Omohundro Institute of Early American History & Culture

Uncommon Sense—the blog

Archive for the ‘Ben Franklin’s World’ Category

Elections in Early America Podcast Series Releases TODAY!

· October 6th, 2020 · No Comments

Every year, the United States holds elections. Often these elections are for city, town, and state offices. Every two years, the United States holds federal elections, where the American people elect those who will represent and serve them in their national government.  How did elections in the United States develop? Who is American democracy for… Read More »

Reading on Elections in Vast Early America

· October 6th, 2020 · 2 Comments

Want to learn more about elections and voting in early America? We’ve compiled a list of suggested books, articles, and online resources that you might find helpful. We either used these works ourselves for production research or they were suggested by our guests. Happy researching! Books Richard R. Beeman, The Varieties of Political Experience in… Read More »

Tips and Tricks for Recording: Remote Interviews

· July 8th, 2020 · No Comments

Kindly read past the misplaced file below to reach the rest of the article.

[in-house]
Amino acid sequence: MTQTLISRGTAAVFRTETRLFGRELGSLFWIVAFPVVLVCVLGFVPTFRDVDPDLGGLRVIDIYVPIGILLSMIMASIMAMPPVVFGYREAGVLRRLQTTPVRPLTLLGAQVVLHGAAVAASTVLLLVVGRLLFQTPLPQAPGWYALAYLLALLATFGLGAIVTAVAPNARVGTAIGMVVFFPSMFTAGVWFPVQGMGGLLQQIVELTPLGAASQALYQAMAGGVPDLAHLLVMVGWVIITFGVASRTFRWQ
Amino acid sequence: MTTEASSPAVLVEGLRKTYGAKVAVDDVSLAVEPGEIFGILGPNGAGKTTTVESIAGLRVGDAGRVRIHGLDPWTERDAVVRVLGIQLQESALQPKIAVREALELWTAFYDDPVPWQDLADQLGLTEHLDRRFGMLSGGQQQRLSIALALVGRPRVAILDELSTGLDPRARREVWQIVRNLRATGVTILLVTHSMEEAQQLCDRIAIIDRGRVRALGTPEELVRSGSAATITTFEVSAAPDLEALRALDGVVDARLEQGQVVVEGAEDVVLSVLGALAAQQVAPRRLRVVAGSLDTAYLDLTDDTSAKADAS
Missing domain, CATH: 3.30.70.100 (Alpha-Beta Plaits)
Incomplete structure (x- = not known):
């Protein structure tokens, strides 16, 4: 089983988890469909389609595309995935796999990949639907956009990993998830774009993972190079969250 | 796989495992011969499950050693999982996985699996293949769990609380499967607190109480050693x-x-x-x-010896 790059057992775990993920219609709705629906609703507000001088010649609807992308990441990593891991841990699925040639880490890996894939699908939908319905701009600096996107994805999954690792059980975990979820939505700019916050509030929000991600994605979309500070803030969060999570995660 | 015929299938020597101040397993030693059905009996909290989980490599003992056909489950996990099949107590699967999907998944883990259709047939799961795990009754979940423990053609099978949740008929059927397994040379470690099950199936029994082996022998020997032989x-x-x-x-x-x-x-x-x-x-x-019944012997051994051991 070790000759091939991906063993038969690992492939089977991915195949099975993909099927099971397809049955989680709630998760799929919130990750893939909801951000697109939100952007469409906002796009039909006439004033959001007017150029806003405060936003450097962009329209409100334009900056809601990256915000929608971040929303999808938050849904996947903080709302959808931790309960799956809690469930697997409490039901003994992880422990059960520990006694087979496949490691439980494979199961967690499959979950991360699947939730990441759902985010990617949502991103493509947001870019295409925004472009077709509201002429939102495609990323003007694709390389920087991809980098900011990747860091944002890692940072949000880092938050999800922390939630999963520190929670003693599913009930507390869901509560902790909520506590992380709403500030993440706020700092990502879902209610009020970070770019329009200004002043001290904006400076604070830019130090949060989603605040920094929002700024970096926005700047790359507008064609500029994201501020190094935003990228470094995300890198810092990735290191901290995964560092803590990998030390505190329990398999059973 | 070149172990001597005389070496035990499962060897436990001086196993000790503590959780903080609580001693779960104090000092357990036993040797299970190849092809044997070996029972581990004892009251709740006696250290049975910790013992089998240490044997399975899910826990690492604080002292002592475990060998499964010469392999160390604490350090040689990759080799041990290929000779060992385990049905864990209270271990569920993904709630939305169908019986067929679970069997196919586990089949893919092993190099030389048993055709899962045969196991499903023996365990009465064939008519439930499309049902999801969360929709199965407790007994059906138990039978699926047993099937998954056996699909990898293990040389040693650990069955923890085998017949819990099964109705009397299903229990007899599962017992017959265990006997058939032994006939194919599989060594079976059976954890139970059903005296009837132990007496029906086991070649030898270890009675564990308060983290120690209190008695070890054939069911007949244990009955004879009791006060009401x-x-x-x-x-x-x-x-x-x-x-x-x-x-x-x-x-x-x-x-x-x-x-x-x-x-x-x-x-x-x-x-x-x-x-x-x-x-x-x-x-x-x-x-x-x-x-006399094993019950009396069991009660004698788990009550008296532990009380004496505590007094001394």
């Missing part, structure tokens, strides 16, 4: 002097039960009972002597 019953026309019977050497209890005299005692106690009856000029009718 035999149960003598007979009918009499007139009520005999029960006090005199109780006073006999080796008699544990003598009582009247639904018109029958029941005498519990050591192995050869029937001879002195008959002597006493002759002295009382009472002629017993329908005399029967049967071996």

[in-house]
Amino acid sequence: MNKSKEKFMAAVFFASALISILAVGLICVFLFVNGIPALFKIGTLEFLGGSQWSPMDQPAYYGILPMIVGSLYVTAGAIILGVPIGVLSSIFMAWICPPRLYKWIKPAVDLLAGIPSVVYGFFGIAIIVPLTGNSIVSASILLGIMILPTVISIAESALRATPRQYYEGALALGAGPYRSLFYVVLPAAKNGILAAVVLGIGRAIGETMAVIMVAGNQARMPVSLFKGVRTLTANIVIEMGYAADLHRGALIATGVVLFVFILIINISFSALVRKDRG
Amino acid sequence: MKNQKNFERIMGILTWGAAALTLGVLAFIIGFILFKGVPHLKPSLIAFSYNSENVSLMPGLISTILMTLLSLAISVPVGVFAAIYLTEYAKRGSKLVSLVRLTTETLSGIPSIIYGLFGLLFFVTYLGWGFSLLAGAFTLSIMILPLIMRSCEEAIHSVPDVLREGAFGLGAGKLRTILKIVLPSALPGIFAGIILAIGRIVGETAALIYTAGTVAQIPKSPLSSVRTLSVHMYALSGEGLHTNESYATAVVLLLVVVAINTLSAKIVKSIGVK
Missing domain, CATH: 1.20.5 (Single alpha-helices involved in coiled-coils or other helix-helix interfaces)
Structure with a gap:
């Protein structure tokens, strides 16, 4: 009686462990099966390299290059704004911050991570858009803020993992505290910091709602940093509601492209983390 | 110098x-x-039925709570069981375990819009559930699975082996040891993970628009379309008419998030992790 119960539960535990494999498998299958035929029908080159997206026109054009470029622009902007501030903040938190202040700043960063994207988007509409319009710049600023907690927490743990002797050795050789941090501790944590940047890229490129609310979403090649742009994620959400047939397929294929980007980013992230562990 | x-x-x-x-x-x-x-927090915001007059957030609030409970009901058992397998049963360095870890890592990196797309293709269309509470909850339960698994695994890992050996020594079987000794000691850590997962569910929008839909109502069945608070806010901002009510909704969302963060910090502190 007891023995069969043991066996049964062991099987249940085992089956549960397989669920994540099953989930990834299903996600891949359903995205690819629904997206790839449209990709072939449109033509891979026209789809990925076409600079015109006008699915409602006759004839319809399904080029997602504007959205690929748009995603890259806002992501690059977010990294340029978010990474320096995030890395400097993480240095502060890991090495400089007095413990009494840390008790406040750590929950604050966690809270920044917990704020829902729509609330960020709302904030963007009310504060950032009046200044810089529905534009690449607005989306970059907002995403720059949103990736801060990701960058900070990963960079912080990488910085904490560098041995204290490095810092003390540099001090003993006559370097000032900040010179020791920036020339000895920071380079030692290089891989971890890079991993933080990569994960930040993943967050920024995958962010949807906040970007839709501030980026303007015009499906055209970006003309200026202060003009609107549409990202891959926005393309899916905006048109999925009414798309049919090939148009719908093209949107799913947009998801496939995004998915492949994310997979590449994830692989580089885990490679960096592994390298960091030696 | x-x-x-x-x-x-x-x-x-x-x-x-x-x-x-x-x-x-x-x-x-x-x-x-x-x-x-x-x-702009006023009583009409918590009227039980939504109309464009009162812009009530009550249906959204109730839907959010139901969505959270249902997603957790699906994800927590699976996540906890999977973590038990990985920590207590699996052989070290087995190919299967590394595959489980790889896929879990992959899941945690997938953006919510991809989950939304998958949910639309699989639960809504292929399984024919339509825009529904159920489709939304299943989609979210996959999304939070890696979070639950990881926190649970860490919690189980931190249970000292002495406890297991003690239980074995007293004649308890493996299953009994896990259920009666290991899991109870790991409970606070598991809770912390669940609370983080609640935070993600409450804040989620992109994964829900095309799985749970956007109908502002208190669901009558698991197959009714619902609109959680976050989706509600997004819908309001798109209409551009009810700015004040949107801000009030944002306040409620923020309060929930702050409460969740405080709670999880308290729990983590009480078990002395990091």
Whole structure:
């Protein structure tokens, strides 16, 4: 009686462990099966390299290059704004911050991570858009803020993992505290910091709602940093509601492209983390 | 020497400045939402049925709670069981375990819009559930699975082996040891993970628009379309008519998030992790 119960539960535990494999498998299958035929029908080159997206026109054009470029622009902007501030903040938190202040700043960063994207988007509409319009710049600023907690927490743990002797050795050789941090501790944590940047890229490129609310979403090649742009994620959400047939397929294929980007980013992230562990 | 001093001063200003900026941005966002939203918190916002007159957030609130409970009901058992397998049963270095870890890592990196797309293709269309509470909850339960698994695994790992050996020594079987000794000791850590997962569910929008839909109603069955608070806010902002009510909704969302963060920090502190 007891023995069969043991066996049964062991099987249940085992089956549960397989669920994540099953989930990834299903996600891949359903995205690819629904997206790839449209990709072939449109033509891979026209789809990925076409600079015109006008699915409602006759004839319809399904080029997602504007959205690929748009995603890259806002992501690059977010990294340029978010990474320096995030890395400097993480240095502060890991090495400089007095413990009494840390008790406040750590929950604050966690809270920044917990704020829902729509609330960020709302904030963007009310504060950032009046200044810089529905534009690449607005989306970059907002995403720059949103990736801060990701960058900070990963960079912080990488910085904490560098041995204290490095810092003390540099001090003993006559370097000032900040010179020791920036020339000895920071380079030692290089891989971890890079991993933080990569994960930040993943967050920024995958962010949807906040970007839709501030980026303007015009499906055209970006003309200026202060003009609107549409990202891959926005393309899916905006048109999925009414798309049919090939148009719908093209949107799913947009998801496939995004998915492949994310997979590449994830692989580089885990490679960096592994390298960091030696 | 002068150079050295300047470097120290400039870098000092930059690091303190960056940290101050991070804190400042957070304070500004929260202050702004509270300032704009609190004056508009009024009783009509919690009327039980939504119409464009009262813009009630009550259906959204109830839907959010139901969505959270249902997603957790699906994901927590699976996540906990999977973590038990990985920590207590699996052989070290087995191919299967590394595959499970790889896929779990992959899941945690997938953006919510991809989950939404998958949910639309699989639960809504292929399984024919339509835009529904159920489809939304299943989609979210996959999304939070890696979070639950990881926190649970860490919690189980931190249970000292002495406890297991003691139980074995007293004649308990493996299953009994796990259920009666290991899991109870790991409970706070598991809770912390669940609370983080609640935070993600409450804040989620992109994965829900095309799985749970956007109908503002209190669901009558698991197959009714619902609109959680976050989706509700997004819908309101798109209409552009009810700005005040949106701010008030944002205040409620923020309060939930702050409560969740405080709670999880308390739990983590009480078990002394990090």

By Liz Covart How can you record remote guests and phone calls? These were two questions people sent my way on Twitter when I asked what questions people had about mics, lighting, and sound for their virtual programs and courses.  In this last post of our three-post series on the subject of mics, sound, and… Read More »

Tips and Tricks for Recording: Video

· July 7th, 2020 · No Comments

By Liz Covart I’ve seen a lot of questions about mics, lighting, and sound floating around on Twitter as more museums and institutions move their public programming online and as educators move their teaching online. Many people want to know how they can record the best audio and video for their projects. Today’s post is… Read More »

Tips and Tricks for Recording: Sound

· July 6th, 2020 · No Comments

By Liz Covart The coronavirus pandemic has forced the world to adapt from in-person activities, such as work and school, to at-home activities. With many museums and institutions moving their public programming online and educators moving their teaching online, I’ve seen a lot of questions about mics, lighting, and sound floating around on Twitter. These… Read More »

The Many Meanings of the Fourth of July

· July 2nd, 2020 · 1 Comment

Over the past few years, we’ve steadily grown our collection of readings related to U.S. Independence Day as well as Ben Franklin’s World episodes detailing the early American history of the Fourth of July. It’s time we put it all in one place.  Frederick Douglass famously questioned Americans in 1852, “What to a Slave is… Read More »

Dreams of a Revolution Deferred

· June 30th, 2020 · No Comments

By Derrick R. Spires For Black citizens of the early United States, the Fourth of July was a yearly reminder of a revolution deferred—the always-not-yet nature of Black freedom in a “pseudo-republic.”[1] Such was the case even at the moment the Declaration of Independence was circulating. The July 15, 1776, issue of the New-York Gazette and the… Read More »